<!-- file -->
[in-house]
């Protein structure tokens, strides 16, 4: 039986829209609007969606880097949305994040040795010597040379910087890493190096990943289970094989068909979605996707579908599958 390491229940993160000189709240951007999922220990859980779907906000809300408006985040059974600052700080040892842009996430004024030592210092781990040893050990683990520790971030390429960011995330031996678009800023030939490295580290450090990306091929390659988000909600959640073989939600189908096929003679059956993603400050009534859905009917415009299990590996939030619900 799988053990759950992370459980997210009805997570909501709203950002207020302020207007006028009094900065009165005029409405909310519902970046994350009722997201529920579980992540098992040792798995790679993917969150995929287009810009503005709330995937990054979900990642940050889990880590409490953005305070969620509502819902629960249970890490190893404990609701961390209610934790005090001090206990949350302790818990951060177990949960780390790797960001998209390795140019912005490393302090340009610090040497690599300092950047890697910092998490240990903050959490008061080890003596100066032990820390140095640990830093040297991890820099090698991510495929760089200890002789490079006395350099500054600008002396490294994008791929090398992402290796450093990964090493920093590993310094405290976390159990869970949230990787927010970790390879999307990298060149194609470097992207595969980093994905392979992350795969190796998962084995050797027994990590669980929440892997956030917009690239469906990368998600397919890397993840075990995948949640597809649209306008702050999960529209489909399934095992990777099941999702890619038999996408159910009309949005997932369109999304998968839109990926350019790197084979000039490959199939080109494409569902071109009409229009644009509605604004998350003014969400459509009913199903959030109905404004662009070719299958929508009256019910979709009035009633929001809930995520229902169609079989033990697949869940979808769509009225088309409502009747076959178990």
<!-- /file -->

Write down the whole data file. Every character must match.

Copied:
[in-house]
């Protein structure tokens, strides 16, 4: 039986829209609007969606880097949305994040040795010597040379910087890493190096990943289970094989068909979605996707579908599958 390491229940993160000189709240951007999922220990859980779907906000809300408006985040059974600052700080040892842009996430004024030592210092781990040893050990683990520790971030390429960011995330031996678009800023030939490295580290450090990306091929390659988000909600959640073989939600189908096929003679059956993603400050009534859905009917415009299990590996939030619900 799988053990759950992370459980997210009805997570909501709203950002207020302020207007006028009094900065009165005029409405909310519902970046994350009722997201529920579980992540098992040792798995790679993917969150995929287009810009503005709330995937990054979900990642940050889990880590409490953005305070969620509502819902629960249970890490190893404990609701961390209610934790005090001090206990949350302790818990951060177990949960780390790797960001998209390795140019912005490393302090340009610090040497690599300092950047890697910092998490240990903050959490008061080890003596100066032990820390140095640990830093040297991890820099090698991510495929760089200890002789490079006395350099500054600008002396490294994008791929090398992402290796450093990964090493920093590993310094405290976390159990869970949230990787927010970790390879999307990298060149194609470097992207595969980093994905392979992350795969190796998962084995050797027994990590669980929440892997956030917009690239469906990368998600397919890397993840075990995948949640597809649209306008702050999960529209489909399934095992990777099941999702890619038999996408159910009309949005997932369109999304998968839109990926350019790197084979000039490959199939080109494409569902071109009409229009644009509605604004998350003014969400459509009913199903959030109905404004662009070719299958929508009256019910979709009035009633929001809930995520229902169609079989033990697949869940979808769509009225088309409502009747076959178990």